By James Clary
On Thursday, September 22nd, the U.S. Census Bureau released the 2010 one-year estimates for the American Community Survey (ACS). The ACS replaced the Census long form, and uses monthly surveys to track a variety of economic, demographic, and social characteristics around the country.
The ACS produces one-year, three-year, and five-year estimates to provide statistical information on geographic areas containing different population levels. It is important to note that these are estimates that are created from several months of observation (rather than being an estimate at a particular point in time as the decennial census or the monthly unemployment numbers). This approach, along with the uncertainty caused by small sample sizes, indicates a need for caution when evaluating short-term trends. One example comes from the median age in Hampton Roads which increased from 34.7 in 2009 to 35.7 in 2010; however, this data has a margin of error 0.2 years, meaning that the median age could have increased by as much as 1.4 years, or as little as 0.6 years.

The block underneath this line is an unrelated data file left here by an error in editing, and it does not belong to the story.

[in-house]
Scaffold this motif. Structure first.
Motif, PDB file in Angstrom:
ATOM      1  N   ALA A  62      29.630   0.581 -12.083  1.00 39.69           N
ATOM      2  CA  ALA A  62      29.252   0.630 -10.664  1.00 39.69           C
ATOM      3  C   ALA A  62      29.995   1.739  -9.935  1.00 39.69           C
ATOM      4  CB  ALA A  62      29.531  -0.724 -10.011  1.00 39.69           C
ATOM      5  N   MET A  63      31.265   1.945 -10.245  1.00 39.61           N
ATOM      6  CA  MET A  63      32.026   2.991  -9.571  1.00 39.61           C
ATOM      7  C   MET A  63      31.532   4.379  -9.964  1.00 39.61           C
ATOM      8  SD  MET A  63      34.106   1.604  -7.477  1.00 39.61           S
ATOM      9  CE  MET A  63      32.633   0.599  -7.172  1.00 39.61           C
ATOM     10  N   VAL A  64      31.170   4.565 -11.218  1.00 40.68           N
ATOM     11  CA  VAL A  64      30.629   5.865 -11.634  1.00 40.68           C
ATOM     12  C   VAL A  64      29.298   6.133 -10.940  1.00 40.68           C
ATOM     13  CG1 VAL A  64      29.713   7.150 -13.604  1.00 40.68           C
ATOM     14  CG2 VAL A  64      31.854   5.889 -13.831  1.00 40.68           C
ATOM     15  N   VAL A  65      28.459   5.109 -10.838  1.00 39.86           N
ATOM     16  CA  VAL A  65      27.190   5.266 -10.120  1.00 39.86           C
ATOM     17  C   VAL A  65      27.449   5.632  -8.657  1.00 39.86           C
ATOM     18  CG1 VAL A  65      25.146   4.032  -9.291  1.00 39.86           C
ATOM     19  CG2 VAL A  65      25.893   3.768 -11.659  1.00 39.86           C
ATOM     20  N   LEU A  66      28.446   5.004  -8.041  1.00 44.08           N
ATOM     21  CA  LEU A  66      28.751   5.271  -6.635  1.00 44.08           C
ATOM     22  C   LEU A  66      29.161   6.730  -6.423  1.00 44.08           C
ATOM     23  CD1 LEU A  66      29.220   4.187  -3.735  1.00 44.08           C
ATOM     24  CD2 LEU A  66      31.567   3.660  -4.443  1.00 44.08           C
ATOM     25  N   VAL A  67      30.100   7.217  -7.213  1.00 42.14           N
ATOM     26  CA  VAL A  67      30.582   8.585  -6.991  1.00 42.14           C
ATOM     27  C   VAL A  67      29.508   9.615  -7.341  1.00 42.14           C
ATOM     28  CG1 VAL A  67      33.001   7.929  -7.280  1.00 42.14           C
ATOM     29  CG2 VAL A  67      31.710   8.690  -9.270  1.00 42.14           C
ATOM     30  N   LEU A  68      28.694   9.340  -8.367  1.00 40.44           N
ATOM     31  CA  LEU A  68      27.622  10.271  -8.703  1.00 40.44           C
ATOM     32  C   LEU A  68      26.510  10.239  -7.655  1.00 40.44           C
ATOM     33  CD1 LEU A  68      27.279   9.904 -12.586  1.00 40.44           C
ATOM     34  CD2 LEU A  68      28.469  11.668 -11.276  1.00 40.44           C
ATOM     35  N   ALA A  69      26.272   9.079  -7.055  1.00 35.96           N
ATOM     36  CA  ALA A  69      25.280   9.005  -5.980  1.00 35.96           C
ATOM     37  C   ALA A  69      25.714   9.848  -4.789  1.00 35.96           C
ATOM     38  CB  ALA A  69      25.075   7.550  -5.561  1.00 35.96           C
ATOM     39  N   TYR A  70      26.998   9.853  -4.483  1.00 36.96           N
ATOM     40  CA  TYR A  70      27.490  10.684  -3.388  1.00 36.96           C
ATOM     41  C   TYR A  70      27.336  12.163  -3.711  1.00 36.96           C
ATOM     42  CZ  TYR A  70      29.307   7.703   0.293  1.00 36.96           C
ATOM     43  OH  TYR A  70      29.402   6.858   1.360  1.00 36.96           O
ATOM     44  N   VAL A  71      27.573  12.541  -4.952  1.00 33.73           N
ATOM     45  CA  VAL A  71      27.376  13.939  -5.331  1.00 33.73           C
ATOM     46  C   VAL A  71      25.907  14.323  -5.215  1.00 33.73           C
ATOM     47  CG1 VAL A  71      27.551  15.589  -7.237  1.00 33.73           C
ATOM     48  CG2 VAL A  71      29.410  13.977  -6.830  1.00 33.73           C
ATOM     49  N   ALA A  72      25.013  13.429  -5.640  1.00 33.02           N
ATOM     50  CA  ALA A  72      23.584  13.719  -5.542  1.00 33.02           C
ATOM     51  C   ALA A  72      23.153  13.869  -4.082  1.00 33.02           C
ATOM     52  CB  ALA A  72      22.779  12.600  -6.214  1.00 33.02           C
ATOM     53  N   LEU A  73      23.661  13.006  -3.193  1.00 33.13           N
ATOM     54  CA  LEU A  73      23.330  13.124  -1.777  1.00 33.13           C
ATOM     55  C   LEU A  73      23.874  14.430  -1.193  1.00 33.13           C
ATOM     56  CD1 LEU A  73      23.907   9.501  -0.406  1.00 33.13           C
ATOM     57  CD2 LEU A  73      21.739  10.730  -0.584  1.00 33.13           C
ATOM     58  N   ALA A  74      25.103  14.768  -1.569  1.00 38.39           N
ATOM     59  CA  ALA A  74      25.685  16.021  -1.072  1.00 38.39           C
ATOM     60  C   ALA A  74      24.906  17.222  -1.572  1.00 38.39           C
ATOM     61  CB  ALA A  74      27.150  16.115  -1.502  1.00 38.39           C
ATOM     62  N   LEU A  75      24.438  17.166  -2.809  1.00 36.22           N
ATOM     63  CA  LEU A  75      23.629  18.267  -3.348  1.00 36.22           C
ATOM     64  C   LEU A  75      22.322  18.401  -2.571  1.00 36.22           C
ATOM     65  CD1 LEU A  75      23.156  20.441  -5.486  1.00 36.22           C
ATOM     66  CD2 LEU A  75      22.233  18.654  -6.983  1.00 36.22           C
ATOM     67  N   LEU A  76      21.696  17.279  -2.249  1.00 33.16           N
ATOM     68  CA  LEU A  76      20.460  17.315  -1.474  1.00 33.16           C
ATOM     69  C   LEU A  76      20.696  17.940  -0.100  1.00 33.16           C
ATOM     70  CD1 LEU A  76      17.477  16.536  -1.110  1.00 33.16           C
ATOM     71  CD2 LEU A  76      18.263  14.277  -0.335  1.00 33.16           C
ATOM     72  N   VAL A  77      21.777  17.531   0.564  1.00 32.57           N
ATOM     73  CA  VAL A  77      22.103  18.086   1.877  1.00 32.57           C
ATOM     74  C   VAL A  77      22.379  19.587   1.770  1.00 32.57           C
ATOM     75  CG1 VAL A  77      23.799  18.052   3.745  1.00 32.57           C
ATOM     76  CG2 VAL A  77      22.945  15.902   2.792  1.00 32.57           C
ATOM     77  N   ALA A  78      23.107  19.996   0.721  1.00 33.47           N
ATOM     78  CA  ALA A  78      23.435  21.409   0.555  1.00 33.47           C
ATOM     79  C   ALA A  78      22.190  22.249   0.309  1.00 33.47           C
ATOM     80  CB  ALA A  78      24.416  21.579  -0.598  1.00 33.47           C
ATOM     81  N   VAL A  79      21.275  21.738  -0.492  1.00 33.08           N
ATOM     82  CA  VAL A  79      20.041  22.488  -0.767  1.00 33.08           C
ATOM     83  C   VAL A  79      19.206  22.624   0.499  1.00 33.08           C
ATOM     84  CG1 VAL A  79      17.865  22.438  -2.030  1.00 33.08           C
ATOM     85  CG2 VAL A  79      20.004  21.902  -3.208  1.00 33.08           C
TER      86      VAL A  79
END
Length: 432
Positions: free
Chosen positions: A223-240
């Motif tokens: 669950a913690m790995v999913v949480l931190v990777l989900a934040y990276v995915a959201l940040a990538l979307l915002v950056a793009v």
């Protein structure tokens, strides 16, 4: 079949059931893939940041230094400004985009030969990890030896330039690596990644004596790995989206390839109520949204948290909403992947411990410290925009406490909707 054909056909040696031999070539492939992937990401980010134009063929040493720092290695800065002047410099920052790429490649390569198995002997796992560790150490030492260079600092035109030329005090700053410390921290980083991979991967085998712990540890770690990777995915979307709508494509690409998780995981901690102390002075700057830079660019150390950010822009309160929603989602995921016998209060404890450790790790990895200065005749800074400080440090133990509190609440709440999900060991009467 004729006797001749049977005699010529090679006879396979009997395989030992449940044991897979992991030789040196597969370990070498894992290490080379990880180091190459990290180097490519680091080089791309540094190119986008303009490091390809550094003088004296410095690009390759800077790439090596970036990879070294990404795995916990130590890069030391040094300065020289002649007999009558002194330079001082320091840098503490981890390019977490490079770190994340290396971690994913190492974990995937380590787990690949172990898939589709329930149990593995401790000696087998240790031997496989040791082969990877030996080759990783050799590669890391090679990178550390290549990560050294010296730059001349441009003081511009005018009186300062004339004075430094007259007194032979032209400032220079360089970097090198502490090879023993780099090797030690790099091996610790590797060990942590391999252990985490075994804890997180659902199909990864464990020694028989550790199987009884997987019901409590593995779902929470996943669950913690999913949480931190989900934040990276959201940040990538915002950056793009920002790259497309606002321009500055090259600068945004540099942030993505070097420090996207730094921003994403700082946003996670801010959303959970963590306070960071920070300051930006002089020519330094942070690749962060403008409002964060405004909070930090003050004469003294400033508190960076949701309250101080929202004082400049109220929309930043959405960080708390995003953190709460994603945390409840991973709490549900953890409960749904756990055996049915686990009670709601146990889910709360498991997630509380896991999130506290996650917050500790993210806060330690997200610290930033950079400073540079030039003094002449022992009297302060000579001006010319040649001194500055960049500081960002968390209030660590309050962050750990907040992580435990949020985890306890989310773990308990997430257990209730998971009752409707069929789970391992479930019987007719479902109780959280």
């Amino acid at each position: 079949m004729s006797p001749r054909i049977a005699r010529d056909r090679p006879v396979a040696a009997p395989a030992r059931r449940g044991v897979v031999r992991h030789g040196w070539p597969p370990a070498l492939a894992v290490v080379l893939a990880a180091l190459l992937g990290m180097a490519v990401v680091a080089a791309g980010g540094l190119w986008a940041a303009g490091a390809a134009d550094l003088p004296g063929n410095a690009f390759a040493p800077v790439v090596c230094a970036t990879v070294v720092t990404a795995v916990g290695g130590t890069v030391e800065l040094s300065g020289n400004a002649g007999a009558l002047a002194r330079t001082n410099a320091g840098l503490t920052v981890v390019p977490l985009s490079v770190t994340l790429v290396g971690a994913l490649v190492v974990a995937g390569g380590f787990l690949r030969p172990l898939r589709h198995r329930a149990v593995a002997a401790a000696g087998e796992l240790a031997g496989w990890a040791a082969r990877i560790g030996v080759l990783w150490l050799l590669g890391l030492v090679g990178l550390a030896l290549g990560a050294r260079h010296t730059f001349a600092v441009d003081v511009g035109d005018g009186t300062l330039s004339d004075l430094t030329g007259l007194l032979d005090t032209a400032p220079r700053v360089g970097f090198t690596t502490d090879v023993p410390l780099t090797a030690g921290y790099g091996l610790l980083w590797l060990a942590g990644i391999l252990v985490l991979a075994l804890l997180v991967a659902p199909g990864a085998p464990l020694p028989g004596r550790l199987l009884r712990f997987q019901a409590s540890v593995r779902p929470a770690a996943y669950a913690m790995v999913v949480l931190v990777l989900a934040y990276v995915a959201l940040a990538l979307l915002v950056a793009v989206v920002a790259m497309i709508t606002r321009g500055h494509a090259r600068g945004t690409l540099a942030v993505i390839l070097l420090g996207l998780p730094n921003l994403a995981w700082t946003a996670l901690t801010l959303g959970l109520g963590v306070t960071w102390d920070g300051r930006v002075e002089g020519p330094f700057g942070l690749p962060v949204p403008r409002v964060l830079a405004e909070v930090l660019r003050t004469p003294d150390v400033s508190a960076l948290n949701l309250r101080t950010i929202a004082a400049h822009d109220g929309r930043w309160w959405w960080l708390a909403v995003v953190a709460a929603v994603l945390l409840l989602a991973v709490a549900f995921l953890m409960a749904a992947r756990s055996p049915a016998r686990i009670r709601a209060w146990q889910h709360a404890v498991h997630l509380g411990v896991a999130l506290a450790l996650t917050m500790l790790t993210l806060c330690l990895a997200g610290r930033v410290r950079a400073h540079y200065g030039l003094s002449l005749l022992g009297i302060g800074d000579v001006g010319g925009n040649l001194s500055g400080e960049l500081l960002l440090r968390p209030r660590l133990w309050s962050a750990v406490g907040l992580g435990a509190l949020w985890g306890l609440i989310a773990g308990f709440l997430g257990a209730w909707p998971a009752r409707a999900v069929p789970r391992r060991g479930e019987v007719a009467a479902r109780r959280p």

The primary use of the ACS annual data is as a snapshot to place the region in context with other regions around the nation, and to better perceive the local strengths and weaknesses.